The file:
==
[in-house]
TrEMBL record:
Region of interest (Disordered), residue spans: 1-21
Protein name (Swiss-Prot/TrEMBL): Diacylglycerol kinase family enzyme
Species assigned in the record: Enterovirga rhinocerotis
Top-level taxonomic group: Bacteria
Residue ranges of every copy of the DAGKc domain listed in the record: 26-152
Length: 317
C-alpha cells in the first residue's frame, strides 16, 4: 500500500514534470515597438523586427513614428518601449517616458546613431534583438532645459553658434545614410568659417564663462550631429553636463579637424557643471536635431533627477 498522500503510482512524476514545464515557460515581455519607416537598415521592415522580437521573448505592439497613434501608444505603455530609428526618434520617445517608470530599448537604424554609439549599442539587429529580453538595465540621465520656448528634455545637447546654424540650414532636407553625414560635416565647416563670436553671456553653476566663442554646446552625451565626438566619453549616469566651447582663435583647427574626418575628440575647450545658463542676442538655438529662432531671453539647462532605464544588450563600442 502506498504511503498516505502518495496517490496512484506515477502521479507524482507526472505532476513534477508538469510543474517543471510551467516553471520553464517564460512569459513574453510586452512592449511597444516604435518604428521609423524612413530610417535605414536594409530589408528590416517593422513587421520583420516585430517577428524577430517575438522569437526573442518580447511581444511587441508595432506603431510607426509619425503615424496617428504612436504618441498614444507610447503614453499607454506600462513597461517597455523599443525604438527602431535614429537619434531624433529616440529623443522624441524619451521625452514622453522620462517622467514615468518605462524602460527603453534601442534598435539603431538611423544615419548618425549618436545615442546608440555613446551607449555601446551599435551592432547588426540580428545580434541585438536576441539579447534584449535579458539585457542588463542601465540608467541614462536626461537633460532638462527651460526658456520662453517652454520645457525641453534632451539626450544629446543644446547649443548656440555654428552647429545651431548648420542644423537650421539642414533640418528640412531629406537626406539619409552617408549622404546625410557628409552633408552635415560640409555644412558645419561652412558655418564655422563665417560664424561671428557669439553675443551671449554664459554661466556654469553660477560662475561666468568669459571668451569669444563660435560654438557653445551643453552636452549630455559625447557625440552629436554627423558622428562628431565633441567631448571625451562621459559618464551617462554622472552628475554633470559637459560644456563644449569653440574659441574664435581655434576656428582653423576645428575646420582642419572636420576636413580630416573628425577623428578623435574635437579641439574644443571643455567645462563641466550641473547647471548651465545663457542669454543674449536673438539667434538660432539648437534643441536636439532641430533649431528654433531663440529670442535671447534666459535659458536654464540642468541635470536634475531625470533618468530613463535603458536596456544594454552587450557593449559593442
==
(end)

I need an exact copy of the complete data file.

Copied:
[in-house]
TrEMBL record:
Region of interest (Disordered), residue spans: 1-21
Protein name (Swiss-Prot/TrEMBL): Diacylglycerol kinase family enzyme
Species assigned in the record: Enterovirga rhinocerotis
Top-level taxonomic group: Bacteria
Residue ranges of every copy of the DAGKc domain listed in the record: 26-152
Length: 317
C-alpha cells in the first residue's frame, strides 16, 4: 500500500514534470515597438523586427513614428518601449517616458546613431534583438532645459553658434545614410568659417564663462550631429553636463579637424557643471536635431533627477 498522500503510482512524476514545464515557460515581455519607416537598415521592415522580437521573448505592439497613434501608444505603455530609428526618434520617445517608470530599448537604424554609439549599442539587429529580453538595465540621465520656448528634455545637447546654424540650414532636407553625414560635416565647416563670436553671456553653476566663442554646446552625451565626438566619453549616469566651447582663435583647427574626418575628440575647450545658463542676442538655438529662432531671453539647462532605464544588450563600442 502506498504511503498516505502518495496517490496512484506515477502521479507524482507526472505532476513534477508538469510543474517543471510551467516553471520553464517564460512569459513574453510586452512592449511597444516604435518604428521609423524612413530610417535605414536594409530589408528590416517593422513587421520583420516585430517577428524577430517575438522569437526573442518580447511581444511587441508595432506603431510607426509619425503615424496617428504612436504618441498614444507610447503614453499607454506600462513597461517597455523599443525604438527602431535614429537619434531624433529616440529623443522624441524619451521625452514622453522620462517622467514615468518605462524602460527603453534601442534598435539603431538611423544615419548618425549618436545615442546608440555613446551607449555601446551599435551592432547588426540580428545580434541585438536576441539579447534584449535579458539585457542588463542601465540608467541614462536626461537633460532638462527651460526658456520662453517652454520645457525641453534632451539626450544629446543644446547649443548656440555654428552647429545651431548648420542644423537650421539642414533640418528640412531629406537626406539619409552617408549622404546625410557628409552633408552635415560640409555644412558645419561652412558655418564655422563665417560664424561671428557669439553675443551671449554664459554661466556654469553660477560662475561666468568669459571668451569669444563660435560654438557653445551643453552636452549630455559625447557625440552629436554627423558622428562628431565633441567631448571625451562621459559618464551617462554622472552628475554633470559637459560644456563644449569653440574659441574664435581655434576656428582653423576645428575646420582642419572636420576636413580630416573628425577623428578623435574635437579641439574644443571643455567645462563641466550641473547647471548651465545663457542669454543674449536673438539667434538660432539648437534643441536636439532641430533649431528654433531663440529670442535671447534666459535659458536654464540642468541635470536634475531625470533618468530613463535603458536596456544594454552587450557593449559593442